Toyota Motor Corporation, the producer of the Prius, the world’s first mass-produced “green” car, recently offered royalty-free access to nearly 24,000 of its hybrid vehicle patents through 2030. This constitutes nearly 10 percent of the approximately 260,000 patents the company currently owns. In 2015, Toyota first open-sourced about 5,680 of its fuel cell patents. Now, Toyota is adding approximately 2,590 patents related to electric motors, 2,020 patents related to PCUs, 7,550 patents related to system controls, 1,320 engine transaxle patents, 2,200 charger patents, and 2,380 fuel cell patents, which brings the total number of royalty-free fuel cell-related patents now available to 8,060. Interested parties may contact Toyota to discuss specific licensing terms and conditions as well as receive fee-based technical support.
The open-sourcing of thousands of Toyota’s patents is an important step forward in the electrification of the worldwide automotive fleet, especially as automakers race to meet increasingly stricter emissions standards across the globe. In fact, it is expected that carmakers will spend around $255 billion on manufacturing electric cars by 2022.
Toyota’s focus on hybrid cars stands in contrast to many other carmakers who are bypassing hybrids entirely and shifting to fully-electric cars. Highlighting this distinction, Toyota will not include access to its lithium-ion battery technology, a key technology in electric car batteries. Furthermore, recent comments by Bob Carter, the Executive Vice President of Sales for Toyota Motor North America, highlight Toyota’s difference in thinking from other automakers.
“On electrification, we see an opportunity in North America, but it’s much further down the road,”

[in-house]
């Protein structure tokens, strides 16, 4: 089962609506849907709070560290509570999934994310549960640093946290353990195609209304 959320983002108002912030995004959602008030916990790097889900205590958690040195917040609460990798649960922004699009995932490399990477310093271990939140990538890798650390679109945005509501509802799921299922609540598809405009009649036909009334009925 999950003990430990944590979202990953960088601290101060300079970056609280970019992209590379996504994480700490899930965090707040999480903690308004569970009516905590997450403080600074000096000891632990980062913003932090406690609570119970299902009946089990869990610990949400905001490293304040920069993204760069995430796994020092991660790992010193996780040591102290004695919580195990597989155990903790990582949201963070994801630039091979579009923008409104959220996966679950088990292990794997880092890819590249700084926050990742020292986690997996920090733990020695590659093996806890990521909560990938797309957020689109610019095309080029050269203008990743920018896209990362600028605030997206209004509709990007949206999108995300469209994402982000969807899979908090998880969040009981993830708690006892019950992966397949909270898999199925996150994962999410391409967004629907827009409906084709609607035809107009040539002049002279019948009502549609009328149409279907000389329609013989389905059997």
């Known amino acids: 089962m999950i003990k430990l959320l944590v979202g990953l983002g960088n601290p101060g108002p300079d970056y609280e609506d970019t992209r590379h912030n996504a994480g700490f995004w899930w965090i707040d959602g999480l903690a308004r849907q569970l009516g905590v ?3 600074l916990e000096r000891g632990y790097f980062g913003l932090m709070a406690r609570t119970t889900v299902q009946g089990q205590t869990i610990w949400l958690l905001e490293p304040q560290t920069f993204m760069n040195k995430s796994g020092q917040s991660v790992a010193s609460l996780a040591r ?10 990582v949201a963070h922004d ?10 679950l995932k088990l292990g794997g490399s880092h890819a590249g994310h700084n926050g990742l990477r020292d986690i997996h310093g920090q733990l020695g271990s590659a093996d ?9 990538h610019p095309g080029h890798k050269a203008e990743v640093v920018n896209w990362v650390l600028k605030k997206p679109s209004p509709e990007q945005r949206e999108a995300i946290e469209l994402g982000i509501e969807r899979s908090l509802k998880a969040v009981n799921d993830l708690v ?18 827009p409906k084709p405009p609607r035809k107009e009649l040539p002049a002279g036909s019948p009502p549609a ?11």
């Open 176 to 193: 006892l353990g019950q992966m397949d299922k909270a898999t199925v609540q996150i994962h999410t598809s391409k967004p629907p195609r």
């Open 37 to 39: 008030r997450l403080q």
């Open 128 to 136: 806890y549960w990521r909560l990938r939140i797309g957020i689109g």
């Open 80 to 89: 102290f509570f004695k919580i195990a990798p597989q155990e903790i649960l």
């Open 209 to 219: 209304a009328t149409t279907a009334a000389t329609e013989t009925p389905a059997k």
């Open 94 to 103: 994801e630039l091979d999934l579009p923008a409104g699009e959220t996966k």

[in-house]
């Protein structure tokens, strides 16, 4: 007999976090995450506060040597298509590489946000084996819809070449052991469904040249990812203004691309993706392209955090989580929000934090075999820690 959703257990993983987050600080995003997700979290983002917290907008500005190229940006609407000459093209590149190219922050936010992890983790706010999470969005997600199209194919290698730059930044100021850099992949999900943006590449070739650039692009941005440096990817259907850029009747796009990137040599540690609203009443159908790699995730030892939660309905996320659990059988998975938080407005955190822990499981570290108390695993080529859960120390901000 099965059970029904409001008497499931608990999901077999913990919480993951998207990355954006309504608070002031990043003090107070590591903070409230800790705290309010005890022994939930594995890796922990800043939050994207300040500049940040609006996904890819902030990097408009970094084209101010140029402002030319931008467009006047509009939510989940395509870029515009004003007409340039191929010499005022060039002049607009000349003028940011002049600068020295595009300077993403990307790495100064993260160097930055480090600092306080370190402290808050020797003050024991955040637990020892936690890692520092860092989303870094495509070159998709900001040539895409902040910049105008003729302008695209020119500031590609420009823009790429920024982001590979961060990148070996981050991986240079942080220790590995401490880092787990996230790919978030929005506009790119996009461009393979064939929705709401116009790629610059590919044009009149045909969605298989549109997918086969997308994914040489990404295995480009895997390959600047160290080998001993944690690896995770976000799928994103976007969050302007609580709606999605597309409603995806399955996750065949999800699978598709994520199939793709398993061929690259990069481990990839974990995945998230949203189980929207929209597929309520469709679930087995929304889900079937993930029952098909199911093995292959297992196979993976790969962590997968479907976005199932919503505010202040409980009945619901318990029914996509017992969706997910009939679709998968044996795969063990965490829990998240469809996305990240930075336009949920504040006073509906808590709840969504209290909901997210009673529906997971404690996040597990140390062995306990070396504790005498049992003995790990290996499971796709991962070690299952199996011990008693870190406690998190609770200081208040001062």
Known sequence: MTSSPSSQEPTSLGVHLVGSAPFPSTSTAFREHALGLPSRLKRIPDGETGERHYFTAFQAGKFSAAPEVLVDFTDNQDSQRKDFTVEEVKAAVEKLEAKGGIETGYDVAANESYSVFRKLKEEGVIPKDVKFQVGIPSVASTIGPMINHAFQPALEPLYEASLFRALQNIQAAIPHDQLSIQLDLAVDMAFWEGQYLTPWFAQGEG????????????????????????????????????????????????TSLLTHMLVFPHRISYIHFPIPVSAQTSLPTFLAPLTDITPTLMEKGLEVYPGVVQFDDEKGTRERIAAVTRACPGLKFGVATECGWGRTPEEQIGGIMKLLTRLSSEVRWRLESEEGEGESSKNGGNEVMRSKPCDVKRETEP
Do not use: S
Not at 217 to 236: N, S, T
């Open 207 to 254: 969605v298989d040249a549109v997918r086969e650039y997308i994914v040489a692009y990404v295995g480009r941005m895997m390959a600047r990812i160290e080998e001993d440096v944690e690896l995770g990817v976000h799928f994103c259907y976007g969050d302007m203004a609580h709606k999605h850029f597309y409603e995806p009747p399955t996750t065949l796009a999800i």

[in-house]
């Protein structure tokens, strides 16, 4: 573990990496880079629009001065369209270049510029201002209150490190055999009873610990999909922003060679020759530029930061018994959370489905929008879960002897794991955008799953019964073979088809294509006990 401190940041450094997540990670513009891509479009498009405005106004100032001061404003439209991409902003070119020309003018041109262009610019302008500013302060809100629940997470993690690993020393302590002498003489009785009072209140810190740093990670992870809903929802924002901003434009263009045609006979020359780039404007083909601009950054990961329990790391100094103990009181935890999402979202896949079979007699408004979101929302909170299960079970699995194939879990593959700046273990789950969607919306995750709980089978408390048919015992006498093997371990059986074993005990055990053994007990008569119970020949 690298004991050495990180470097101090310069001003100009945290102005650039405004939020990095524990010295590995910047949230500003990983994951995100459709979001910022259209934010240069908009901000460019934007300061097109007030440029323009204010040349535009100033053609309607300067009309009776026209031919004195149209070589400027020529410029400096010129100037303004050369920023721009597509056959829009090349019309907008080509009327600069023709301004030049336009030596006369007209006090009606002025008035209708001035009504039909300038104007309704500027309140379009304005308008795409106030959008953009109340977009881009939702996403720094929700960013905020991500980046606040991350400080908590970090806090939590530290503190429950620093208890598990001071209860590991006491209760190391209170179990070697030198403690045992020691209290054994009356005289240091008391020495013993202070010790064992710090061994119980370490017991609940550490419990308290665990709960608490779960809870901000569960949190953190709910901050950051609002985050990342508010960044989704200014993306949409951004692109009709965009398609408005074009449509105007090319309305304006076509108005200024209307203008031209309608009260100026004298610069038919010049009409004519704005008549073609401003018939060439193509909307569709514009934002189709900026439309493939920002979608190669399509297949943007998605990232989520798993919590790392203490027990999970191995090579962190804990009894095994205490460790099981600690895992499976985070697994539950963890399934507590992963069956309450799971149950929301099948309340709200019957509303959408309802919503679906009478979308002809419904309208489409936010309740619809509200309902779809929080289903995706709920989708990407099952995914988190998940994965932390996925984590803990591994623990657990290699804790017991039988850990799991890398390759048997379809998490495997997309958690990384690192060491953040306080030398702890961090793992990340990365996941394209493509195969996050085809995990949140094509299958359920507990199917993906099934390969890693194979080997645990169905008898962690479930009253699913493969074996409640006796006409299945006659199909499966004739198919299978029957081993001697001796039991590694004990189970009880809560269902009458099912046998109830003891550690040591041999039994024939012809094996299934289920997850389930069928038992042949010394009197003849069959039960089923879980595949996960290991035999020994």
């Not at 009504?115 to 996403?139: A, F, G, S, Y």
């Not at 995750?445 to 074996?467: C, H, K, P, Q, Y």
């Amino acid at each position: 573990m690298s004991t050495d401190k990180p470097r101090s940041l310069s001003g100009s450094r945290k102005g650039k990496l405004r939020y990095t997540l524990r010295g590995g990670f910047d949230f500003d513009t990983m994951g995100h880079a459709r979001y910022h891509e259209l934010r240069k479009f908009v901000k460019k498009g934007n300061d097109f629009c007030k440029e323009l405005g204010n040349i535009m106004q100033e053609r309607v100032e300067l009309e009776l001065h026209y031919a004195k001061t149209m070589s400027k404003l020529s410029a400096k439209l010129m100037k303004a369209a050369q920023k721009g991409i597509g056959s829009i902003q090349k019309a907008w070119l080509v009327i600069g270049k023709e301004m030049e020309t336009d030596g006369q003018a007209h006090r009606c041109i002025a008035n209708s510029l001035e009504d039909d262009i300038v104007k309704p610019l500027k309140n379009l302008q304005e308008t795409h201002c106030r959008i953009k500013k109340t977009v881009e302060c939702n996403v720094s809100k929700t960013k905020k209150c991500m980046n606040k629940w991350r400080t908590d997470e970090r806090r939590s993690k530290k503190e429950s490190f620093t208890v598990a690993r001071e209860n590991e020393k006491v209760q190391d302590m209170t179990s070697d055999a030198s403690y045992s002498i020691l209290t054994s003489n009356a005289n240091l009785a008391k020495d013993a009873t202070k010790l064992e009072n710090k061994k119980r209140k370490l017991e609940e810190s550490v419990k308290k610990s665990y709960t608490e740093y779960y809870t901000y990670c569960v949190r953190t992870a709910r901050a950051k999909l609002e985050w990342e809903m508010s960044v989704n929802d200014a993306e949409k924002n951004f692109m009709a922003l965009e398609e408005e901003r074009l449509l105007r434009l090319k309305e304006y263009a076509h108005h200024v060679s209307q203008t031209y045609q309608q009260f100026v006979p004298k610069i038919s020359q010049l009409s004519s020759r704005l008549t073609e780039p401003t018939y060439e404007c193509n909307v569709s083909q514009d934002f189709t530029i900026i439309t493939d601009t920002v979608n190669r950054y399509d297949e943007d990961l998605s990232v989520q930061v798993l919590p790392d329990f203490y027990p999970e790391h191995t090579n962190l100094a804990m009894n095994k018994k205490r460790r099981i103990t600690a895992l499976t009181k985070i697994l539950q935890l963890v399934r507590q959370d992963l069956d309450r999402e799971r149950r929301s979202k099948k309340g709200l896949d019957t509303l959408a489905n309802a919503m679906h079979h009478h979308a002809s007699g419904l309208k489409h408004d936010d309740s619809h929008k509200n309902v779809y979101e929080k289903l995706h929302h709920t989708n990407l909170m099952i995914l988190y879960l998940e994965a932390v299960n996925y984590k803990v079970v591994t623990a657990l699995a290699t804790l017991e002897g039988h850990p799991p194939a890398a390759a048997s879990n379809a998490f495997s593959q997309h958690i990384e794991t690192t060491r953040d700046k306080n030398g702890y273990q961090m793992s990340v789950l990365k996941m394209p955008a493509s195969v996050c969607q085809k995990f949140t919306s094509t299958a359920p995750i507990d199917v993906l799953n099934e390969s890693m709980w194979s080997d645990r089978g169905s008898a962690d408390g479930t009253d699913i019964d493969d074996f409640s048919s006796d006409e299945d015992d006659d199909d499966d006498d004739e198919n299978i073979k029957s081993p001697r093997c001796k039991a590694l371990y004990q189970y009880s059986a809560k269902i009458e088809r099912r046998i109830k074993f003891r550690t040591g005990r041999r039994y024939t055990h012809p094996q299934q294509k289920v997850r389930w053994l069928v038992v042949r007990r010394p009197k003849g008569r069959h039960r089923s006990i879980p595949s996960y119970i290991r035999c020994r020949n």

“This is going to be a slow evolution in the U.S. market, unlike in China and Europe where there are government regulations”
“[n]obody is selling electric vehicles at a profitable margin.”
Toyota’s focus on hybrid vehicles may be a winning strategy. Today, Toyota vehicles account for more than 80 percent of the global hybrid vehicle market. In fact, the company has sold more than 13 million hybrids since 1997, when it first released its flagship hybrid, the Prius. By releasing its hybrid vehicle patents royalty-free, Toyota increases the likelihood other manufacturers make hybrids based on the same platform as Toyota, both decreasing costs and increasing demand for the carmaker’s offerings.
In addition, J.P. Morgan reports that hybrid car sales are expected to experience huge growth in the next few years. While hybrid vehicles only had a three percent market share of global auto sales in 2016, that number is expected to grow to 23 percent of the market by 2025, representing approximately 25 million hybrids sold. By 2030, J.P. Morgan expects 41 percent of new car sales to be hybrids, the same amount as traditional internal combustion engine cars. Should J.P. Morgan’s predictions hold true, Toyota would be the likely leader in this fast-growing automotive sector.